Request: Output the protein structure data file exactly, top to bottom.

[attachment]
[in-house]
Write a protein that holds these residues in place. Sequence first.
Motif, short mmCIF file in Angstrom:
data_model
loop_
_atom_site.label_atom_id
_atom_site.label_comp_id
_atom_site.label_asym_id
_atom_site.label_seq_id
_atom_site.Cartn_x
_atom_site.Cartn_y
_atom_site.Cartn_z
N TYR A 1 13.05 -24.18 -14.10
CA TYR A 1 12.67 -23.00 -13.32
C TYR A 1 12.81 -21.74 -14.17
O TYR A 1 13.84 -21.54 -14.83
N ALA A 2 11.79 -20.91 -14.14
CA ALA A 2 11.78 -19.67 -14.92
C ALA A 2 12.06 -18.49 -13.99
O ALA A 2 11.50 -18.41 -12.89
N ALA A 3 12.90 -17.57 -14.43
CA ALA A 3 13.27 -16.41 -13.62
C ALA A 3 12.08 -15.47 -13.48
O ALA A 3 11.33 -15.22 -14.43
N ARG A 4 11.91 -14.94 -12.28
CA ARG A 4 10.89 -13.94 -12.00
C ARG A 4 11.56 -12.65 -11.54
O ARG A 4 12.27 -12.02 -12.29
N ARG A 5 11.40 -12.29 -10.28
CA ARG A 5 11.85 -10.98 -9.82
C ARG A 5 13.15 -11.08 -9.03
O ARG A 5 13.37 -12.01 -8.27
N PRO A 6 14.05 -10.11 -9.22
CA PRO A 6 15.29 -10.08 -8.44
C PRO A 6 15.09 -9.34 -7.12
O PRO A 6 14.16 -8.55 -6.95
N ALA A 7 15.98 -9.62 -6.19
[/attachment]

[in-house]
Write a protein that holds these residues in place. Sequence first.
Motif, short mmCIF file in Angstrom:
data_model
loop_
_atom_site.label_atom_id
_atom_site.label_comp_id
_atom_site.label_asym_id
_atom_site.label_seq_id
_atom_site.Cartn_x
_atom_site.Cartn_y
_atom_site.Cartn_z
N TYR A 1 13.05 -24.18 -14.10
CA TYR A 1 12.67 -23.00 -13.32
C TYR A 1 12.81 -21.74 -14.17
O TYR A 1 13.84 -21.54 -14.83
N ALA A 2 11.79 -20.91 -14.14
CA ALA A 2 11.78 -19.67 -14.92
C ALA A 2 12.06 -18.49 -13.99
O ALA A 2 11.50 -18.41 -12.89
N ALA A 3 12.90 -17.57 -14.43
CA ALA A 3 13.27 -16.41 -13.62
C ALA A 3 12.08 -15.47 -13.48
O ALA A 3 11.33 -15.22 -14.43
N ARG A 4 11.91 -14.94 -12.28
CA ARG A 4 10.89 -13.94 -12.00
C ARG A 4 11.56 -12.65 -11.54
O ARG A 4 12.27 -12.02 -12.29
N ARG A 5 11.40 -12.29 -10.28
CA ARG A 5 11.85 -10.98 -9.82
C ARG A 5 13.15 -11.08 -9.03
O ARG A 5 13.37 -12.01 -8.27
N PRO A 6 14.05 -10.11 -9.22
CA PRO A 6 15.29 -10.08 -8.44
C PRO A 6 15.09 -9.34 -7.12
O PRO A 6 14.16 -8.55 -6.95
N ALA A 7 15.98 -9.62 -6.19